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Four in 10 adults are close to 'breaking point' at work

Abigail Fenton
Women are more likely to experience symptoms of impostor syndrome than men. Photo: JESHOOTS.COM/Unsplash
Photo: JESHOOTS.COM/Unsplash

Four in 10 adults are close to “breaking point” at work, research suggests.

A survey of 2,000 professionals by well-being charity CABA found the average working adult feels stressed for almost a third of their entire working day, and five hours of sleep will be lost every week because of the pressures faced in their job.

Checking work emails after hours, last-minute deadlines, having to do a speech or presentation and an overly demanding manager were named as some of the biggest causes of workplace stress.

READ MORE: Online searches for “burnout” have skyrocketed 50% since April

It also emerged that in the average week, employees will complain about their boss for 31 minutes and their job in general for another two hours and 45 minutes.

The study also found seven in 10 adults have vented about their workplace to a colleague, partner, family member or friend.

Despite this, almost half (46%) of those who feel stressed at work do not end up doing anything about it, hoping the problem would go away on its own.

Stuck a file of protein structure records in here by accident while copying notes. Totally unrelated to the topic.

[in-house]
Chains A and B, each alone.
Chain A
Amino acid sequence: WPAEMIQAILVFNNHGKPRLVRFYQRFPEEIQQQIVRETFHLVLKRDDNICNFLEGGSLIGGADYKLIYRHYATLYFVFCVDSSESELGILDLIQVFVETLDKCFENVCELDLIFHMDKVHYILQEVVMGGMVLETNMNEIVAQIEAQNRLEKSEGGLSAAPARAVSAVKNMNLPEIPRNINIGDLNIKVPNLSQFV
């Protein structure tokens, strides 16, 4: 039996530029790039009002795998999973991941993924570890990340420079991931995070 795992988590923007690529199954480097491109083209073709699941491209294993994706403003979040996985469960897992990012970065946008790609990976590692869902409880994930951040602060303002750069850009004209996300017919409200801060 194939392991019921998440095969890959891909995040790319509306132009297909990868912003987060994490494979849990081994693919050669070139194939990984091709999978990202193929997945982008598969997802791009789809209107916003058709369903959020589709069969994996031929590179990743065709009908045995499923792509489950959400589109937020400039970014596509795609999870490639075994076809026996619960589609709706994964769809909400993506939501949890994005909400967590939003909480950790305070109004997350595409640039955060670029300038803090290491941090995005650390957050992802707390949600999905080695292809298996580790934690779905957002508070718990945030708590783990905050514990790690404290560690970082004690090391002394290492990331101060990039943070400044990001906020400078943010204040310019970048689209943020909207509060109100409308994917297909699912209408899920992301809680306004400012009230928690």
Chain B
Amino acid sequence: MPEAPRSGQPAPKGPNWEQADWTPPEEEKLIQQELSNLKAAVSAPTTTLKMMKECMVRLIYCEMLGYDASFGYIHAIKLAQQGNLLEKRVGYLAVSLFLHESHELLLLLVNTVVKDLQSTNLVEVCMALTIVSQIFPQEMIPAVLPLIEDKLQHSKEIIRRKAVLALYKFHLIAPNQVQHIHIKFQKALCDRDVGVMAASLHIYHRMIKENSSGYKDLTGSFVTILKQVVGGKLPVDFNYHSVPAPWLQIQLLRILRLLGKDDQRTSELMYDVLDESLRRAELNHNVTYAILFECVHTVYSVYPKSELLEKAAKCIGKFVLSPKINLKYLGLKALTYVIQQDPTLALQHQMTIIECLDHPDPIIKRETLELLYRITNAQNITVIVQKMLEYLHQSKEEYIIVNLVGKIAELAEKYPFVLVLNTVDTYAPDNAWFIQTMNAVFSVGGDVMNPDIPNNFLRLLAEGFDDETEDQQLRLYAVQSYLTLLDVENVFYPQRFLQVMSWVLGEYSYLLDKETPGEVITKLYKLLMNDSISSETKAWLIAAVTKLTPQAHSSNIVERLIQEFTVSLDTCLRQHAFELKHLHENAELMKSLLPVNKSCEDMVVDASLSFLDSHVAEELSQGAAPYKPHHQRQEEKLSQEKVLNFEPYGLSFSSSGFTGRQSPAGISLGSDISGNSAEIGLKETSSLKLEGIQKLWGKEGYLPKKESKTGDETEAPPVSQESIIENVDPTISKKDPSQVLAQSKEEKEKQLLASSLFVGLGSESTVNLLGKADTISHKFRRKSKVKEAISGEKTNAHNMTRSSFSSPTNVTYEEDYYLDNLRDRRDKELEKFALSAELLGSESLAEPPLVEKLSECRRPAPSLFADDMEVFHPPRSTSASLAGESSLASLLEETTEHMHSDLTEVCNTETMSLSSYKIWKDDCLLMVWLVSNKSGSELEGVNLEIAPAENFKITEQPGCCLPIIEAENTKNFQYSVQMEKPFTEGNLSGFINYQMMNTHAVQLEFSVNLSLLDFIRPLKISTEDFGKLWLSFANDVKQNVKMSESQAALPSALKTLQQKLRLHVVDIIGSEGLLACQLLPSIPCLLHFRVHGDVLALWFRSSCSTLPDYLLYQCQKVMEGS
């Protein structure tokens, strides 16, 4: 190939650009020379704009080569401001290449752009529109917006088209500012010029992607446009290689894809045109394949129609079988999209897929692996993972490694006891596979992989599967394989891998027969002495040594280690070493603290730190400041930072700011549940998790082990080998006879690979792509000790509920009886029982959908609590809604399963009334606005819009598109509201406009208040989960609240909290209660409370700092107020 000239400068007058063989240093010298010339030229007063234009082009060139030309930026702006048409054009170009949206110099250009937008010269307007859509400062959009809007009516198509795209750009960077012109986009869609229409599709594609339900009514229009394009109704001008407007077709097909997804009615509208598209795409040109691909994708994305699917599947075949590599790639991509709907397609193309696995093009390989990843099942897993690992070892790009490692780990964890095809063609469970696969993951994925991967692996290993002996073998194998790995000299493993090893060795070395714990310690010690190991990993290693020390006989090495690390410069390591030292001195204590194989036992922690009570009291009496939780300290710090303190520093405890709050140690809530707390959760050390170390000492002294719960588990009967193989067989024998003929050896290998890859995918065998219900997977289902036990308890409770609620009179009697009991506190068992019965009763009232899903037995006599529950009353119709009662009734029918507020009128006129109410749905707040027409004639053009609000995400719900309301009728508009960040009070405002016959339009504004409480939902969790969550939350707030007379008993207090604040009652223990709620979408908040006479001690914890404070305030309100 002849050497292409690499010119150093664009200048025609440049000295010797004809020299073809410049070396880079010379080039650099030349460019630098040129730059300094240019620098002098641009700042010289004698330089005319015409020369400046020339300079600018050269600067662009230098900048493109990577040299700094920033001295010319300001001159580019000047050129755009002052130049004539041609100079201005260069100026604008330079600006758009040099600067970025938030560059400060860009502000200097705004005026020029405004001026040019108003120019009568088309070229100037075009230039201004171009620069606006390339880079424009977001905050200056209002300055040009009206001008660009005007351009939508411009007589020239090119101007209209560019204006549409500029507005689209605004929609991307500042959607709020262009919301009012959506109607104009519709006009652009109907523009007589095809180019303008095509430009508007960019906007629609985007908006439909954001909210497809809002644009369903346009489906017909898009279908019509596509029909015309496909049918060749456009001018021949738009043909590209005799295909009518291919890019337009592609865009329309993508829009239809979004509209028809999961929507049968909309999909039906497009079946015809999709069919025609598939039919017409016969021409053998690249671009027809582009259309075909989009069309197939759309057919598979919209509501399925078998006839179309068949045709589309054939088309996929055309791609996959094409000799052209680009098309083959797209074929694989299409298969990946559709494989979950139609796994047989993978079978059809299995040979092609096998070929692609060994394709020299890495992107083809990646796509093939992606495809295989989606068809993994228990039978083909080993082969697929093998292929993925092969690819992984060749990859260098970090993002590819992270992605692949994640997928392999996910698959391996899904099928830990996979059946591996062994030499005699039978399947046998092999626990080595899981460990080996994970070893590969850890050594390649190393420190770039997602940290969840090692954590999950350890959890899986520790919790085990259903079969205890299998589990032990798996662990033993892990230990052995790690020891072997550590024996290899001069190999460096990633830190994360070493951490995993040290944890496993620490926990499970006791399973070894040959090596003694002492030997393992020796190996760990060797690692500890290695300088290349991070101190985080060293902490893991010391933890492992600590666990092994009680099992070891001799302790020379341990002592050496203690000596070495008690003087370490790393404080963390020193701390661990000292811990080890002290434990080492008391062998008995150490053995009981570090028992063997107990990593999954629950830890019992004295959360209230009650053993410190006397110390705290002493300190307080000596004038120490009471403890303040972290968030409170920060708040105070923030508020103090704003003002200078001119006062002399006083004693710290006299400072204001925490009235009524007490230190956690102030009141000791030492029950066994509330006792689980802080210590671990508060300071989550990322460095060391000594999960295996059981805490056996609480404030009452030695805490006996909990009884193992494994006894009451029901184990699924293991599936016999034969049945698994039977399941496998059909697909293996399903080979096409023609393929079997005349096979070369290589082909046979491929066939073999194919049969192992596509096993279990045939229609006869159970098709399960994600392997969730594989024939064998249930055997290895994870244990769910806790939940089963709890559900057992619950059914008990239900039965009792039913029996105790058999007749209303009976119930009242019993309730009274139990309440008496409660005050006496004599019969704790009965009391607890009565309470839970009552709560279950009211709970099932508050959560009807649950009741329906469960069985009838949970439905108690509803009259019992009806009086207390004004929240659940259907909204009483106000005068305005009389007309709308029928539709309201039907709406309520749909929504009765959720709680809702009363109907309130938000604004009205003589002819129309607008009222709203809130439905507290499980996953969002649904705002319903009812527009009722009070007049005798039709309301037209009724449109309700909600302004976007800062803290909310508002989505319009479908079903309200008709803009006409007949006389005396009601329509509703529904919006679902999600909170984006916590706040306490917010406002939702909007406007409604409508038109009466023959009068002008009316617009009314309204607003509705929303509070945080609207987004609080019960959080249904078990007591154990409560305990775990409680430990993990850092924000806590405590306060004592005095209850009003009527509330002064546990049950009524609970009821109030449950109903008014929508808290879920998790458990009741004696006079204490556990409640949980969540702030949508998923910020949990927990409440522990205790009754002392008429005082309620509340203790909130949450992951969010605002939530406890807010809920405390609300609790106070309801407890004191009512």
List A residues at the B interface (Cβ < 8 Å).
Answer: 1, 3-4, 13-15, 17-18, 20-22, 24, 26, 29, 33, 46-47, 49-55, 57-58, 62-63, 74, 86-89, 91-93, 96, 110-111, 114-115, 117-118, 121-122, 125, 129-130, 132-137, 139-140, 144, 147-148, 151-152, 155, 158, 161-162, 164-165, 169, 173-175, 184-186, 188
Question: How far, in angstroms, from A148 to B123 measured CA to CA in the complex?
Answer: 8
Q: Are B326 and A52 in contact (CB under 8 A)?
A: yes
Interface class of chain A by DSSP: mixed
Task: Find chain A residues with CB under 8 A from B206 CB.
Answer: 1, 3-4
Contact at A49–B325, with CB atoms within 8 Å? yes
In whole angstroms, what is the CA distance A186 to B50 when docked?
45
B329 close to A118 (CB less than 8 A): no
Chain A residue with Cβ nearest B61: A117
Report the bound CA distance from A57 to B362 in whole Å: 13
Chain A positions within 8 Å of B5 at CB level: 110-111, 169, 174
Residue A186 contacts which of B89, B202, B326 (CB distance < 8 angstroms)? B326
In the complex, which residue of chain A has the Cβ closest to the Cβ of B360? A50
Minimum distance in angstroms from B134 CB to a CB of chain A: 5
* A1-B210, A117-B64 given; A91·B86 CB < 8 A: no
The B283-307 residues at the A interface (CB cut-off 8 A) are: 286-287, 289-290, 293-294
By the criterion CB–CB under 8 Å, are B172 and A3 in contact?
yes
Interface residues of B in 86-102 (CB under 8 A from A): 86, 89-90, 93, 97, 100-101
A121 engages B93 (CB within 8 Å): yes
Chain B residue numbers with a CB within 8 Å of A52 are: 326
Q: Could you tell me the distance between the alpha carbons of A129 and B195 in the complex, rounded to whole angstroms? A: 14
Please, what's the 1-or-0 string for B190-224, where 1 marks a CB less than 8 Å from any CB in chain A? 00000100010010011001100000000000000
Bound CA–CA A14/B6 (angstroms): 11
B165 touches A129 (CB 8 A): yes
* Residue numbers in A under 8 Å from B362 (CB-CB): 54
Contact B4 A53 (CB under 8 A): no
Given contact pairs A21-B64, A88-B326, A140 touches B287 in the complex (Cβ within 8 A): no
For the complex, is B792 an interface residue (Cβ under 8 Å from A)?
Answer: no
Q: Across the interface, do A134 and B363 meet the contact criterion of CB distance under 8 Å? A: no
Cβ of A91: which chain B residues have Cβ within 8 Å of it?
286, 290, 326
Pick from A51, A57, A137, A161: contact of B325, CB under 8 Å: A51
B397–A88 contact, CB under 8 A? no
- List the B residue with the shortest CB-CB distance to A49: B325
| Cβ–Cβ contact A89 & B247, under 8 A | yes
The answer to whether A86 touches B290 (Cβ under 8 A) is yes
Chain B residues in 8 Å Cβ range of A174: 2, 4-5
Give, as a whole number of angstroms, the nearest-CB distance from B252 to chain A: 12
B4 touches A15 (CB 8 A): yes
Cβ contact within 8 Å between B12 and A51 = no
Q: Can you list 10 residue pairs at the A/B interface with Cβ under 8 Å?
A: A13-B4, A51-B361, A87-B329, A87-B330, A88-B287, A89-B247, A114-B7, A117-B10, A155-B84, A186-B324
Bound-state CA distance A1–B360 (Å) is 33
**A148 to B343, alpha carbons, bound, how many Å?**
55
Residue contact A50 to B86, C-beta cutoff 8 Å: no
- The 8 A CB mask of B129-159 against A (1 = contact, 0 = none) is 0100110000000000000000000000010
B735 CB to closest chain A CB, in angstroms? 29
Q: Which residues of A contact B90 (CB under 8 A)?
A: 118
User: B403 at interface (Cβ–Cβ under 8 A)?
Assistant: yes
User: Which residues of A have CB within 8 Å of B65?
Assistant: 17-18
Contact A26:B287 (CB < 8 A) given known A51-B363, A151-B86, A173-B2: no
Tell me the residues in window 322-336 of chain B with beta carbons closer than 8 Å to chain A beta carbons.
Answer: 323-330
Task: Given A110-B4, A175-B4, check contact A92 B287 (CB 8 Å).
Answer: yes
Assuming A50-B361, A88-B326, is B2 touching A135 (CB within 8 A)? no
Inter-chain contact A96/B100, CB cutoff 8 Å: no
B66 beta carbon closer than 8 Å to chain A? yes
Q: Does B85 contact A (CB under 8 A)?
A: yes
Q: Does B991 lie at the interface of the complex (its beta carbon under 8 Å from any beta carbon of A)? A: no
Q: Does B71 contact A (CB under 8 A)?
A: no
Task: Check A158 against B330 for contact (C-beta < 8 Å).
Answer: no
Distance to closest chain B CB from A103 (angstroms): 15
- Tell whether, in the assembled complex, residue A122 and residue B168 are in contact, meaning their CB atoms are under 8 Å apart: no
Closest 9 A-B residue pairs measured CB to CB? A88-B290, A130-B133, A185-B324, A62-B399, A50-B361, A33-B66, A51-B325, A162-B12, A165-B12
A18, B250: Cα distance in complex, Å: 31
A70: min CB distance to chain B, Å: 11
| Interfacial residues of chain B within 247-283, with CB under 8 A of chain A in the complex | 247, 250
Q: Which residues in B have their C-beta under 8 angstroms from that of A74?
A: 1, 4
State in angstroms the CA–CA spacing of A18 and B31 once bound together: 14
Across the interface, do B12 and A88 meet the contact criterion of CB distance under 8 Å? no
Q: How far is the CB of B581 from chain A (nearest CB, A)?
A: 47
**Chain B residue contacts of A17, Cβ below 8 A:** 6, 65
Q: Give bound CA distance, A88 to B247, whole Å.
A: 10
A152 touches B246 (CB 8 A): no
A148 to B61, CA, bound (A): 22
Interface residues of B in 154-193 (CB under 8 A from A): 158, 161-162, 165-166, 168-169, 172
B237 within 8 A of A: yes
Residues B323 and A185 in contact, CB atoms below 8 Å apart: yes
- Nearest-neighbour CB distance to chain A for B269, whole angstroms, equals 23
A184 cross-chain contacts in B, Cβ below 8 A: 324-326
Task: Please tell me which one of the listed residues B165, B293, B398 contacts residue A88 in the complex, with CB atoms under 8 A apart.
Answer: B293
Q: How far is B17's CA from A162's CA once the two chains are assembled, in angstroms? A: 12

READ MORE: 4.3 million Brits are unhappy at work

Of those who do take action, 38% tell their manager about it. However, more than half (51%), however, simply go for a walk to cool down.

Three in 10 employees have been pushed to the point of tears, while worrying one in five has turned to alcohol to deal with their issues.

When stress has become too much, 31% have called in sick. Another 14% have used their own children as an excuse to avoid the office.

READ MORE: How does overworking affect your health?

But six in 10 feel better once they complain or vent about their workplace if their stress levels get too high.

Unsurprisingly, Monday was found to be the day Brits are most likely to experience workplace stress – with Thursdays generally the least stressful day of the week.

Nearly three in five respondents said they even get stressed when they go on holiday, as they worry about organising a handover and what they’ll miss during their break.

READ MORE: Cardiff is the work stress capital of the UK

“If too much workplace pressure means stress reaches a level that you feel unable to even go to work, it’s time to make a change,” CABA said.

“The first, and often most difficult, step can be to simply talk about it with someone, be it a colleague, manager or just a family member.

"Sometimes just acknowledging that you have too much on can start to address the stress.”

READ MORE: How to talk to your boss about work-related stress

CABA published the findings ahead its upcoming “Drop the pressure” campaign, which aims to highlight and tackle levels of stress primarily among millennial accountants.

The top 10 reasons people complain about their job

  1. Amount of work in general

  2. Lack of recognition/reward

  3. Pay

  4. Colleagues

  5. The job itself

  6. Company culture

  7. Long hours

  8. Amount of work compared to colleagues

  9. Clients

  10. Progression/career path